Lines 288-293: Can the app be used with other axes of iPhone rotation? Perhaps using different axes of the iPhone may influence accuracy? The authors briefly mention this in lines 339-343.
Lines 316-318: Can the authors re-consider their definition for r2 (coefficient of determination)? The classic definition is that it describes the amount of variance in one measure that can be explained by the variance in a second measure.
Lines 327-329: Can the authors provide a little more rationale for their decision? Is there a criterion level of difference that would be acceptable in a clinic?
Line 333: …measuring “t”horacic rotation…
All: consider including information about number of subjects/number of measures included in each table/figure (i.e. n=?)
Figure 3 – Consider increasing the font of r2 data and best-fit line equation, and move the equation to the side so that it doesn’t obscure data points.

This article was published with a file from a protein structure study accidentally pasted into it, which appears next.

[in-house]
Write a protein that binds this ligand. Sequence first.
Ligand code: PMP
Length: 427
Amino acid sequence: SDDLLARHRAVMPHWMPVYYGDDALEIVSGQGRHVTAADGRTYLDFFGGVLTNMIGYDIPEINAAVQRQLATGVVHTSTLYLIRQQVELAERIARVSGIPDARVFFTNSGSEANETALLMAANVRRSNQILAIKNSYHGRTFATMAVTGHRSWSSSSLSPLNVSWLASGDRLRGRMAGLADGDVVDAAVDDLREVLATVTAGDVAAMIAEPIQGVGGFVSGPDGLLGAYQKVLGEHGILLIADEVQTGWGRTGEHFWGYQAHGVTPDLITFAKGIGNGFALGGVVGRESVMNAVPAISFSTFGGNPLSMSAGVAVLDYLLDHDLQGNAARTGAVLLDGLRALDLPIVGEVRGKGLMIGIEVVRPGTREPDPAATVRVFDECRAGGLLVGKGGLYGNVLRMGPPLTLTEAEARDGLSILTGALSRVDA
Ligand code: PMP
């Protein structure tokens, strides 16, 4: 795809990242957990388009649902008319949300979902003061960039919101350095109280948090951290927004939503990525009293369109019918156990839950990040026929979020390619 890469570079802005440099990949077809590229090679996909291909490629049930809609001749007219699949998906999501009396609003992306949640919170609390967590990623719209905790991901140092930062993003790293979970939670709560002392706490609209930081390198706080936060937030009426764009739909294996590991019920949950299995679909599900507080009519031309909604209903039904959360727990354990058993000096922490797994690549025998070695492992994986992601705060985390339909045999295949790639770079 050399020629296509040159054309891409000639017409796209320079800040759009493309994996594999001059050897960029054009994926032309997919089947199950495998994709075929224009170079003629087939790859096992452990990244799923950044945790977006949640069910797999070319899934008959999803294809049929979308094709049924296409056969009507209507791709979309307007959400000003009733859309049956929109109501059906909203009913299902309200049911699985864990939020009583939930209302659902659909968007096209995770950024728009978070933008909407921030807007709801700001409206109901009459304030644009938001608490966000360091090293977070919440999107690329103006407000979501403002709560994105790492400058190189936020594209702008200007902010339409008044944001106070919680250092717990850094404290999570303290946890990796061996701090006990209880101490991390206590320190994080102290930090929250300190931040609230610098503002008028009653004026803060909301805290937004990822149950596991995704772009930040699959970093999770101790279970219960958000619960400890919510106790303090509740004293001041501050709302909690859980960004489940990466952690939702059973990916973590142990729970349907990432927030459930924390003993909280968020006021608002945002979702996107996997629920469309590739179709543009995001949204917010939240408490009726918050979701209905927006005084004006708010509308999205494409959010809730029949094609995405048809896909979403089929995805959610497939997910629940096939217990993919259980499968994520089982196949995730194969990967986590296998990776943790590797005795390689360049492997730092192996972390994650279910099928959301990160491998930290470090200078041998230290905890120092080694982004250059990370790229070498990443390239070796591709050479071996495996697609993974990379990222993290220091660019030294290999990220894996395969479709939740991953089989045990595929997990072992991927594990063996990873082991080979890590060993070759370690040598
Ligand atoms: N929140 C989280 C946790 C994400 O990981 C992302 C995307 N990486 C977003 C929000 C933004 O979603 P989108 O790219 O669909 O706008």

This article is written in clear and unambiguous English.
The introduction is generally good,but it should not be mentionned an "unpublished review". and all the more that there is one which could suit : https://www.hindawi.com/journals/bmri/2015/328142/
The introduction also does not insist on articles that validate the use of internals Smartphone sensors comparing to godl standard in the clinical pratice.
The structure of the article is confomr to acceptable format. Figures and tables are relevant.
Raw data are available but only in SPSS format and with no meta-data explanation. Although it is still possible to convert the data and interpret meta-data, it could be more usefull to get raw data in csv format and with a text document which explain meta-data.